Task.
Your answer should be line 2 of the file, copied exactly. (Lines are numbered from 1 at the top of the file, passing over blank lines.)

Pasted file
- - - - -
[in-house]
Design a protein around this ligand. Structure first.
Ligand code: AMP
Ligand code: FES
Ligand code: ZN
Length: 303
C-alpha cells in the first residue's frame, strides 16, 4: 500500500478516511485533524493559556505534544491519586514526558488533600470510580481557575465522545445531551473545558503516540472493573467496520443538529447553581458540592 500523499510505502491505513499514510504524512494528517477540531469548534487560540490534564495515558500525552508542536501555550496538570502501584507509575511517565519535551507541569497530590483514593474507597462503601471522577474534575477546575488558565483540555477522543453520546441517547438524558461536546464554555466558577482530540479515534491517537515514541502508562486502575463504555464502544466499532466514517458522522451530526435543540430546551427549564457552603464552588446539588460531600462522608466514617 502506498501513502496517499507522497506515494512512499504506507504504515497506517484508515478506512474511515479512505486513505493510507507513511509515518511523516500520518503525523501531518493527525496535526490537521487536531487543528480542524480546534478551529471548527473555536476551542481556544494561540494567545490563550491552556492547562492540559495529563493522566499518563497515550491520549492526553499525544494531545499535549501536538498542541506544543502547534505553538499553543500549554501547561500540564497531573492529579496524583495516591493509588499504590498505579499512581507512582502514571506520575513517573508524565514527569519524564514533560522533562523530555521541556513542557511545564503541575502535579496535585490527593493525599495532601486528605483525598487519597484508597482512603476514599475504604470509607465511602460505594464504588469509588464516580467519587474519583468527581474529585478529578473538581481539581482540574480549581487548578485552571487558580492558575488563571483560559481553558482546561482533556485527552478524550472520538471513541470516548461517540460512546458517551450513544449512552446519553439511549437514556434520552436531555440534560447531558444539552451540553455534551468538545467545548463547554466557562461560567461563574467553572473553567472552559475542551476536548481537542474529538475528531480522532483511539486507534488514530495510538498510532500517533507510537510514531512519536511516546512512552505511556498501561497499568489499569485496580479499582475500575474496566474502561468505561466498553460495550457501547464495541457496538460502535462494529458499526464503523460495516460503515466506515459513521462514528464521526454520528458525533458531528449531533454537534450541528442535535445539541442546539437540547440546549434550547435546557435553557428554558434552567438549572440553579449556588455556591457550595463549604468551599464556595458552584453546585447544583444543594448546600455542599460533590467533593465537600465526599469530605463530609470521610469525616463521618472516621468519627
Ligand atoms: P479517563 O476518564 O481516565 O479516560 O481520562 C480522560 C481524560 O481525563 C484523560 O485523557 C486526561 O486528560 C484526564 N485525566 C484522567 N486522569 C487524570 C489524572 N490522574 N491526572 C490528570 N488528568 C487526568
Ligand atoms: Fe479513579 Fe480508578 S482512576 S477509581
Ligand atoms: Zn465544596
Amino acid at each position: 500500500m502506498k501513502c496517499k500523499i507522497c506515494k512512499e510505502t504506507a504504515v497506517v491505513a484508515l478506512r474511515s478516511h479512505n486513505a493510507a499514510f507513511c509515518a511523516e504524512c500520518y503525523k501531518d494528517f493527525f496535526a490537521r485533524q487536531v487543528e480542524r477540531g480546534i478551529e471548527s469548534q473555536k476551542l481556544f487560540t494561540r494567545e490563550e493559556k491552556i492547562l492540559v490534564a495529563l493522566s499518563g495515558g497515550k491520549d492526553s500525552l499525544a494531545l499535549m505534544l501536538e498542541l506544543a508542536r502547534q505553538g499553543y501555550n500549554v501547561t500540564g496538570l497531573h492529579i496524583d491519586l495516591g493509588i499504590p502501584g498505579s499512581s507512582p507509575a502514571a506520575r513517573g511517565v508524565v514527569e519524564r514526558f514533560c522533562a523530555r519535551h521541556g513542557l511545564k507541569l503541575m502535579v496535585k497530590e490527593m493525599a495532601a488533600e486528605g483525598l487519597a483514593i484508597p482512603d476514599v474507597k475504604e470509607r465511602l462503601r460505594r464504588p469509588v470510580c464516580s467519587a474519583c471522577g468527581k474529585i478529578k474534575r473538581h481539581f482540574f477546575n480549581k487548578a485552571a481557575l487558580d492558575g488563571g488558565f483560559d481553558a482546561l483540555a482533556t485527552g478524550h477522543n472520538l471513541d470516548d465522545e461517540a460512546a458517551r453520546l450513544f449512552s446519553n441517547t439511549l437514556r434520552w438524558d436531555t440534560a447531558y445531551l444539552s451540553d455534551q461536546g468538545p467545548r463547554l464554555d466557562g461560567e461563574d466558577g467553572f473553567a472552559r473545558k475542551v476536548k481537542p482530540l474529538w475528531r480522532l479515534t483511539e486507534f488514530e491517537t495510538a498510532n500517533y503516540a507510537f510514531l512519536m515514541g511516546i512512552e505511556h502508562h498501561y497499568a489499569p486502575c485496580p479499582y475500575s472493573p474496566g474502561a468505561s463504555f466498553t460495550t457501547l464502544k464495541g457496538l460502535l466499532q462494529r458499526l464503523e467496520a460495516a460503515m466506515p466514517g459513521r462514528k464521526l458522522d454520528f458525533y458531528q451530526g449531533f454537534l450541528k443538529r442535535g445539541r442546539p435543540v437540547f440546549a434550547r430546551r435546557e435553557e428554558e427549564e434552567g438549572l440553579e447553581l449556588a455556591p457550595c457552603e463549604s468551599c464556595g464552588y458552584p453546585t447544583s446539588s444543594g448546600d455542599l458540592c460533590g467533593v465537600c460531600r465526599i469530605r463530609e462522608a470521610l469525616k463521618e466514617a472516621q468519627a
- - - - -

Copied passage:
Design a protein around this ligand. Structure first.